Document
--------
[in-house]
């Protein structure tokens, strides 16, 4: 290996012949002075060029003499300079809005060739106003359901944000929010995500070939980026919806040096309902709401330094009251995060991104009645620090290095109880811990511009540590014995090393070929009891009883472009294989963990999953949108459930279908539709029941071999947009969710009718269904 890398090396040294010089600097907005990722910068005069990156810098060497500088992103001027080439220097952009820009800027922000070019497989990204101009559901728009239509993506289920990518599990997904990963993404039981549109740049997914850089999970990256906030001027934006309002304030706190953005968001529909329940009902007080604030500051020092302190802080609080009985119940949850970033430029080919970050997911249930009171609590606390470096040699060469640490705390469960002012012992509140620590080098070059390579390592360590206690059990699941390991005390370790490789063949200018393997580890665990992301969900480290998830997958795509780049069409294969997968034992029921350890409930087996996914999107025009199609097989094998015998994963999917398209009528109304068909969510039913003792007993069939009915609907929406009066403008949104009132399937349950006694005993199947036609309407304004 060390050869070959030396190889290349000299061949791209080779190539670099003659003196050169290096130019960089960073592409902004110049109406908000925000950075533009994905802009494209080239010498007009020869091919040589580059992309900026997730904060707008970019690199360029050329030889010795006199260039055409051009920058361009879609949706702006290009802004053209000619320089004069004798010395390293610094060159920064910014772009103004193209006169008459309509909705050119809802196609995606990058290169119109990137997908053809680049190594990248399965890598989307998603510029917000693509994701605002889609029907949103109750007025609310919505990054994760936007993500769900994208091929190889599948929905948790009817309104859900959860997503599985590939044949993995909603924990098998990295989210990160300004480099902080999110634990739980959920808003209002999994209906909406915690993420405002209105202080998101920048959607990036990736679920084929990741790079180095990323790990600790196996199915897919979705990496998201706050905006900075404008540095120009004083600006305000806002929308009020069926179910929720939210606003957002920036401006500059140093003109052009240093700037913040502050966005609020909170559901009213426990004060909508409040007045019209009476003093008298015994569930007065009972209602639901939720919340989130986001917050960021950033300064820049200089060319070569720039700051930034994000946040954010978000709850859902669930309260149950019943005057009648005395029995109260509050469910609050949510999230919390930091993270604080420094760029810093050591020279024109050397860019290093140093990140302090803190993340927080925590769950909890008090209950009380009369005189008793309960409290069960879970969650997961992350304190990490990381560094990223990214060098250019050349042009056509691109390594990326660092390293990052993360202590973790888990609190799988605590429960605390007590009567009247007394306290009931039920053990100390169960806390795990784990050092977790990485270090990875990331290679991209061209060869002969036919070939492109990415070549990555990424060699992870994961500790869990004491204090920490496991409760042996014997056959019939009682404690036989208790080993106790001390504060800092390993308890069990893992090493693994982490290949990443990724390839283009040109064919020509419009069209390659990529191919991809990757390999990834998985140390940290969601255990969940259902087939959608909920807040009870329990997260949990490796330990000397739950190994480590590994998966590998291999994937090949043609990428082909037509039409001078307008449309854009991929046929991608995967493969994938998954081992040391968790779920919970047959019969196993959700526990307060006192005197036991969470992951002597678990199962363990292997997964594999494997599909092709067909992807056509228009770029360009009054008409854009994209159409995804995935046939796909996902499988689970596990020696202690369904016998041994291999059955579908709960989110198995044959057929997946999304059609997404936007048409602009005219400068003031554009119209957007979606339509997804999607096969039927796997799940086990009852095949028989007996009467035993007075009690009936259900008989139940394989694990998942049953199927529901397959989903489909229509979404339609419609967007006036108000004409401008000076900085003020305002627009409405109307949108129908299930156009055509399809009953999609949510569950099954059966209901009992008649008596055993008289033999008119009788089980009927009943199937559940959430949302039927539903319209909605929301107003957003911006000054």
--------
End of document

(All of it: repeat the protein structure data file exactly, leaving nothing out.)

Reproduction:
[in-house]
């Protein structure tokens, strides 16, 4: 290996012949002075060029003499300079809005060739106003359901944000929010995500070939980026919806040096309902709401330094009251995060991104009645620090290095109880811990511009540590014995090393070929009891009883472009294989963990999953949108459930279908539709029941071999947009969710009718269904 890398090396040294010089600097907005990722910068005069990156810098060497500088992103001027080439220097952009820009800027922000070019497989990204101009559901728009239509993506289920990518599990997904990963993404039981549109740049997914850089999970990256906030001027934006309002304030706190953005968001529909329940009902007080604030500051020092302190802080609080009985119940949850970033430029080919970050997911249930009171609590606390470096040699060469640490705390469960002012012992509140620590080098070059390579390592360590206690059990699941390991005390370790490789063949200018393997580890665990992301969900480290998830997958795509780049069409294969997968034992029921350890409930087996996914999107025009199609097989094998015998994963999917398209009528109304068909969510039913003792007993069939009915609907929406009066403008949104009132399937349950006694005993199947036609309407304004 060390050869070959030396190889290349000299061949791209080779190539670099003659003196050169290096130019960089960073592409902004110049109406908000925000950075533009994905802009494209080239010498007009020869091919040589580059992309900026997730904060707008970019690199360029050329030889010795006199260039055409051009920058361009879609949706702006290009802004053209000619320089004069004798010395390293610094060159920064910014772009103004193209006169008459309509909705050119809802196609995606990058290169119109990137997908053809680049190594990248399965890598989307998603510029917000693509994701605002889609029907949103109750007025609310919505990054994760936007993500769900994208091929190889599948929905948790009817309104859900959860997503599985590939044949993995909603924990098998990295989210990160300004480099902080999110634990739980959920808003209002999994209906909406915690993420405002209105202080998101920048959607990036990736679920084929990741790079180095990323790990600790196996199915897919979705990496998201706050905006900075404008540095120009004083600006305000806002929308009020069926179910929720939210606003957002920036401006500059140093003109052009240093700037913040502050966005609020909170559901009213426990004060909508409040007045019209009476003093008298015994569930007065009972209602639901939720919340989130986001917050960021950033300064820049200089060319070569720039700051930034994000946040954010978000709850859902669930309260149950019943005057009648005395029995109260509050469910609050949510999230919390930091993270604080420094760029810093050591020279024109050397860019290093140093990140302090803190993340927080925590769950909890008090209950009380009369005189008793309960409290069960879970969650997961992350304190990490990381560094990223990214060098250019050349042009056509691109390594990326660092390293990052993360202590973790888990609190799988605590429960605390007590009567009247007394306290009931039920053990100390169960806390795990784990050092977790990485270090990875990331290679991209061209060869002969036919070939492109990415070549990555990424060699992870994961500790869990004491204090920490496991409760042996014997056959019939009682404690036989208790080993106790001390504060800092390993308890069990893992090493693994982490290949990443990724390839283009040109064919020509419009069209390659990529191919991809990757390999990834998985140390940290969601255990969940259902087939959608909920807040009870329990997260949990490796330990000397739950190994480590590994998966590998291999994937090949043609990428082909037509039409001078307008449309854009991929046929991608995967493969994938998954081992040391968790779920919970047959019969196993959700526990307060006192005197036991969470992951002597678990199962363990292997997964594999494997599909092709067909992807056509228009770029360009009054008409854009994209159409995804995935046939796909996902499988689970596990020696202690369904016998041994291999059955579908709960989110198995044959057929997946999304059609997404936007048409602009005219400068003031554009119209957007979606339509997804999607096969039927796997799940086990009852095949028989007996009467035993007075009690009936259900008989139940394989694990998942049953199927529901397959989903489909229509979404339609419609967007006036108000004409401008000076900085003020305002627009409405109307949108129908299930156009055509399809009953999609949510569950099954059966209901009992008649008596055993008289033999008119009788089980009927009943199937559940959430949302039927539903319209909605929301107003957003911006000054």